Howell Mountain – Laura Barrett, Clif Family Winery — “The Cabernets on Howell Mountain are just finishing up with veraison. Many blocks are getting their final fruit drop this week with a green thinning pass to remove clusters that have not yet turned color. Yields on Cabernet Sauvignon look to be average, or slightly above. The weather has been consistently warm, without any major heat spikes, making for a steady ripening season so far. The warmer Zinfandel sites have full color and are beginning to accumulate sugar. We anticipate Zinfandel to be our earliest Howell Mountain pick, likely in about three weeks.”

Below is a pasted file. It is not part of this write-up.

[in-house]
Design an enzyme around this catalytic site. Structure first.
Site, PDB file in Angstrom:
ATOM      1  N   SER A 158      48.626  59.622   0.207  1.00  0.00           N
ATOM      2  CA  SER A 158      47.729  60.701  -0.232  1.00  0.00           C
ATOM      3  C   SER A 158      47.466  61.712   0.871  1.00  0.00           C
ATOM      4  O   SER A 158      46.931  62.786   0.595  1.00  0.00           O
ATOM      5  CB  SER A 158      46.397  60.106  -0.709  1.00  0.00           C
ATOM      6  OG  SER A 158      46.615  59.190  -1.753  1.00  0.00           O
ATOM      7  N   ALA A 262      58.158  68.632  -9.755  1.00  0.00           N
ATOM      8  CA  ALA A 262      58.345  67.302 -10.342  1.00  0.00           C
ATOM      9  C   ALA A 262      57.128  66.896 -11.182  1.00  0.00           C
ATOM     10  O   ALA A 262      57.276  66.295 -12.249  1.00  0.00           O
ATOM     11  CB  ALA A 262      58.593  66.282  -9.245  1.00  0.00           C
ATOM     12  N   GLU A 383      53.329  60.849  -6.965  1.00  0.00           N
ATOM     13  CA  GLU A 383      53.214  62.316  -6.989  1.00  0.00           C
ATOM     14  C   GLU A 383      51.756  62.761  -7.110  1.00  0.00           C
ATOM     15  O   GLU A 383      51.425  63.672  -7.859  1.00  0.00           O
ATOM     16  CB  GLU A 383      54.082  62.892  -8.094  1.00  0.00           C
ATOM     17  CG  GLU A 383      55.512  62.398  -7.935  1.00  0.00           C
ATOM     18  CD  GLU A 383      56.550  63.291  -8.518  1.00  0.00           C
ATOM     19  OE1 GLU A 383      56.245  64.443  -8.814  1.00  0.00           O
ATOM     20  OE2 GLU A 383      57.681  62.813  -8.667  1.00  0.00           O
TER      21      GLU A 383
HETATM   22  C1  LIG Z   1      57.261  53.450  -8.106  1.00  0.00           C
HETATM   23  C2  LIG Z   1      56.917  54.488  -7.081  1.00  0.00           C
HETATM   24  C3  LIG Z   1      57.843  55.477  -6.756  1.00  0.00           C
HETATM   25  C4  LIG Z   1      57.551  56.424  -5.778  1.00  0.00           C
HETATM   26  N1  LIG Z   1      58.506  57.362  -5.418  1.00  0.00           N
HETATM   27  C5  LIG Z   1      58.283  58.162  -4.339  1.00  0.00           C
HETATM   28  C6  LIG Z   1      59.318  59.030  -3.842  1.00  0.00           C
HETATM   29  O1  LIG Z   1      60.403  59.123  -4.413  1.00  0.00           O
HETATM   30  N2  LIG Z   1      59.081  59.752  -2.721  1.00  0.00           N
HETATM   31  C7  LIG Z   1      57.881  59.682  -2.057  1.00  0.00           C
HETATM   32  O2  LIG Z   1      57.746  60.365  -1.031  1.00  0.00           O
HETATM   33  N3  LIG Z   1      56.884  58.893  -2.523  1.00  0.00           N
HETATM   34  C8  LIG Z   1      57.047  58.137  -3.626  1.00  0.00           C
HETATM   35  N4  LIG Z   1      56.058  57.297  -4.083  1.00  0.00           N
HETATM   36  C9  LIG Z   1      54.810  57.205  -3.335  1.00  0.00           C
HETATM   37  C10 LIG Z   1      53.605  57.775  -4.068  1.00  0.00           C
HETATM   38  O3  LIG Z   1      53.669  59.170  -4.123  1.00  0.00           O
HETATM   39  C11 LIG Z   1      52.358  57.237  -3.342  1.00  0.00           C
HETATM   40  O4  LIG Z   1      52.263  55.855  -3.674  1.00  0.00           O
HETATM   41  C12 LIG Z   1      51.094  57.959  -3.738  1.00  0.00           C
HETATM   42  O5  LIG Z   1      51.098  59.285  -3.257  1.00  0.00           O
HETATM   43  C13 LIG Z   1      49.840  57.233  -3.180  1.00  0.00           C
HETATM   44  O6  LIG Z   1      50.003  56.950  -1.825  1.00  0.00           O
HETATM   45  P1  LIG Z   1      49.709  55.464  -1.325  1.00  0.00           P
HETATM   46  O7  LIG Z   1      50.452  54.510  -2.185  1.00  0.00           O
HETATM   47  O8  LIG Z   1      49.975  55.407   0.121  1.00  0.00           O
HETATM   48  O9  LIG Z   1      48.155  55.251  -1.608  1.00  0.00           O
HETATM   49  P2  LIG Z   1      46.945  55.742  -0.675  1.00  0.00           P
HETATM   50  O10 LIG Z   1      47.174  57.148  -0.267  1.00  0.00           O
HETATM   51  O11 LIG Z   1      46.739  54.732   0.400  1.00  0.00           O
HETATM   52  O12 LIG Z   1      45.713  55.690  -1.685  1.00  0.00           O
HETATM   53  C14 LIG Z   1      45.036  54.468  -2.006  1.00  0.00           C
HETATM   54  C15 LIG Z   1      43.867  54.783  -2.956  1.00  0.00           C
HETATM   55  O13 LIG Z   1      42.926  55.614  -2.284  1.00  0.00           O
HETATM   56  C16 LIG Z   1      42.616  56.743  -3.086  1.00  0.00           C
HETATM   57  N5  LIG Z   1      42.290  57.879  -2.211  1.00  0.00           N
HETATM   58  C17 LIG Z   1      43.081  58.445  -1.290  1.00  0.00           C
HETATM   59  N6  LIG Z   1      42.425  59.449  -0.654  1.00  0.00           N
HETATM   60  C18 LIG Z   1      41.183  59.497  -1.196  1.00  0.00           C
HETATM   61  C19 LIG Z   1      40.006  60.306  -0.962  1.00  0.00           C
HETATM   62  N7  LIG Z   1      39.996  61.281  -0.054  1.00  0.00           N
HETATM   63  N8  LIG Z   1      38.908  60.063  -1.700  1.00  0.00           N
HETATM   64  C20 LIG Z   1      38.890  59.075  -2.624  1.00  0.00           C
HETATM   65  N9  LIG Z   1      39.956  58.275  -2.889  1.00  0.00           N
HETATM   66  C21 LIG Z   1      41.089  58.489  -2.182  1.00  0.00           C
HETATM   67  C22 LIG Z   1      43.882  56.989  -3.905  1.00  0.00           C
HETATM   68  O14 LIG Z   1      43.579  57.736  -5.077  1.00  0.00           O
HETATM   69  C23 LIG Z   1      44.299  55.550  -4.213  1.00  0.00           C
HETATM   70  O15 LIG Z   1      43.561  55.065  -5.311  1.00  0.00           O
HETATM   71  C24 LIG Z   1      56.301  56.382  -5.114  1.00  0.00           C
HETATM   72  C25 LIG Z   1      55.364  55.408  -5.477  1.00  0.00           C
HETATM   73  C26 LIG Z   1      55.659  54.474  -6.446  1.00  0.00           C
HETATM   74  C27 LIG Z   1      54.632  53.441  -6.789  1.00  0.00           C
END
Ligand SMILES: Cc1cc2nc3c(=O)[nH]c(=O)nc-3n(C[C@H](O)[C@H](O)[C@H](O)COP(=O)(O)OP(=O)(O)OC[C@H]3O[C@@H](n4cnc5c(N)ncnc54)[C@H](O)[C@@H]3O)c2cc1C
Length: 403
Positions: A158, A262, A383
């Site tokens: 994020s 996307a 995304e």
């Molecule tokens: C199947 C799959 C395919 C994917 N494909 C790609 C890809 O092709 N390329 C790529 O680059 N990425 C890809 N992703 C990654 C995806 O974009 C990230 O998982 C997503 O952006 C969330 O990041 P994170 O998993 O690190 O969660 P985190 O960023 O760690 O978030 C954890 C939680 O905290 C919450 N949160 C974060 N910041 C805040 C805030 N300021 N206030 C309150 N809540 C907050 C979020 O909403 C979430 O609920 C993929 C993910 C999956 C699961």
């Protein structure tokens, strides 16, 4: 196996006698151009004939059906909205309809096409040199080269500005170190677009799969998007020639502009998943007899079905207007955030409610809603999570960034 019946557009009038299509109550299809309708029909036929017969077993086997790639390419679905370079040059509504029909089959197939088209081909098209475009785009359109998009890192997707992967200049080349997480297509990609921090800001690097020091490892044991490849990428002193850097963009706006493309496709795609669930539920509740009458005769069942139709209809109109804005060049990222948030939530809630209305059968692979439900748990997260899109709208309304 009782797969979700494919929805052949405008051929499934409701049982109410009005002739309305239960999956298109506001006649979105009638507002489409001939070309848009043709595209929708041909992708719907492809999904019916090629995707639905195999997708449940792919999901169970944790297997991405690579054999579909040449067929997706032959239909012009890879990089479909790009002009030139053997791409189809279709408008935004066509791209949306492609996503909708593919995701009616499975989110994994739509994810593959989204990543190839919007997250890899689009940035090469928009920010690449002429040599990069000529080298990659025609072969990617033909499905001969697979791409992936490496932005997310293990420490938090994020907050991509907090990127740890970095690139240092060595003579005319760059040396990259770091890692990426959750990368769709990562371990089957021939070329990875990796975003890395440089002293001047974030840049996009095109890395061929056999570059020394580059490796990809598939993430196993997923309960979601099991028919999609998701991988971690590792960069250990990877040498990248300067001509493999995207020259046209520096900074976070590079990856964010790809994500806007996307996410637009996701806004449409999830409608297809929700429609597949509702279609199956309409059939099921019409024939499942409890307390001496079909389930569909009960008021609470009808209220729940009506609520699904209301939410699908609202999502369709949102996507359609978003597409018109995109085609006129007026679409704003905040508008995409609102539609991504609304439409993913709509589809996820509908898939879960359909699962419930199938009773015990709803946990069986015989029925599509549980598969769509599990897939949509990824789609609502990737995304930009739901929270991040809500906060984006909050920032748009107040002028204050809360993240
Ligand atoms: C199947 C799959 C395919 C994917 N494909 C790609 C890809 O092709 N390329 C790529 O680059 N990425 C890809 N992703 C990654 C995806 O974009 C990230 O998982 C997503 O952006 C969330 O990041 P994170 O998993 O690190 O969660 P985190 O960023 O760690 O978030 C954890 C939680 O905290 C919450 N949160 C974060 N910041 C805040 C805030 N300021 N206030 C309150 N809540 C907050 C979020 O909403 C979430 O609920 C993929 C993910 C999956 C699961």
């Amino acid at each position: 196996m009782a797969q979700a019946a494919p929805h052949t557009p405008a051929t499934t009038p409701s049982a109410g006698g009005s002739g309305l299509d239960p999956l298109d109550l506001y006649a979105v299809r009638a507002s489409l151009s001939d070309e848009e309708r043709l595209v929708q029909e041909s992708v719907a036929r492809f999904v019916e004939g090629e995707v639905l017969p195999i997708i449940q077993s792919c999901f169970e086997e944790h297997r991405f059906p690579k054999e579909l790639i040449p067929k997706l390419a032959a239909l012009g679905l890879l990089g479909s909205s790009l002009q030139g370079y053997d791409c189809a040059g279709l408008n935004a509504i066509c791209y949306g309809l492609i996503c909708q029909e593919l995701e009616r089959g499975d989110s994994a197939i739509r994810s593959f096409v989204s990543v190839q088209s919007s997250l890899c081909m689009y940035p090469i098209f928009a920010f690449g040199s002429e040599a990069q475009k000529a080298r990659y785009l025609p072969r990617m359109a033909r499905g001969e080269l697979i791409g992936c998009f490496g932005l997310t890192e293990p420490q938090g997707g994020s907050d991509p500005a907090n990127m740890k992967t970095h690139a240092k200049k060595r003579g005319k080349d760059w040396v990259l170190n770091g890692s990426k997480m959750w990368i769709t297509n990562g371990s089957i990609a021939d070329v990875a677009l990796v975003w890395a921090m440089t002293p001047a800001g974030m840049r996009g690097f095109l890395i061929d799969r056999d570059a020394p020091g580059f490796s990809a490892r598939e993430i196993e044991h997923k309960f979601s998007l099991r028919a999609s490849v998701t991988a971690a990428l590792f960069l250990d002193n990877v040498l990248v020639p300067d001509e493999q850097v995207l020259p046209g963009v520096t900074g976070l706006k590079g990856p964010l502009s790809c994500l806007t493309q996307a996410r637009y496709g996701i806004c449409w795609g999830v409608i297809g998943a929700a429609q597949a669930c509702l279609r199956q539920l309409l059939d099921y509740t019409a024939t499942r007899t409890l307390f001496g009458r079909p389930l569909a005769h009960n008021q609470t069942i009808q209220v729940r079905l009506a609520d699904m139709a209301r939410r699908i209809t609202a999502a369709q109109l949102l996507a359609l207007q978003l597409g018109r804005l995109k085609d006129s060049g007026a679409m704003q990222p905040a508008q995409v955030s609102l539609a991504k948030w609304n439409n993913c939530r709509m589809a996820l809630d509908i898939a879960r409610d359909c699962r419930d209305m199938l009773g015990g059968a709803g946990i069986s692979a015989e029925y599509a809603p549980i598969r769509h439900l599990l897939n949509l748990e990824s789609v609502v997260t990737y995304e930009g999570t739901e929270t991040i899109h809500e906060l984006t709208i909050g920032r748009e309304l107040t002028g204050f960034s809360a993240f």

Diamond Mountain District — Dawnine Dyer, Dyer Vineyards — “Veraison is underway in all but the latest vineyards on Diamond Mountain and even finished in some. After the warm, dry weather early in the year, a cool, wet March/April pushed the timing of bloom back to ‘normal’ and provided adequate moisture for good canopy growth well into the growing season. It’s been a relatively warm summer but so far we have avoided the extreme heat that punctuated the 2017 growing season and August is expected to finish with temperatures slightly below average. General agreement is that the Cabernet harvest is on track to start late September/early October.”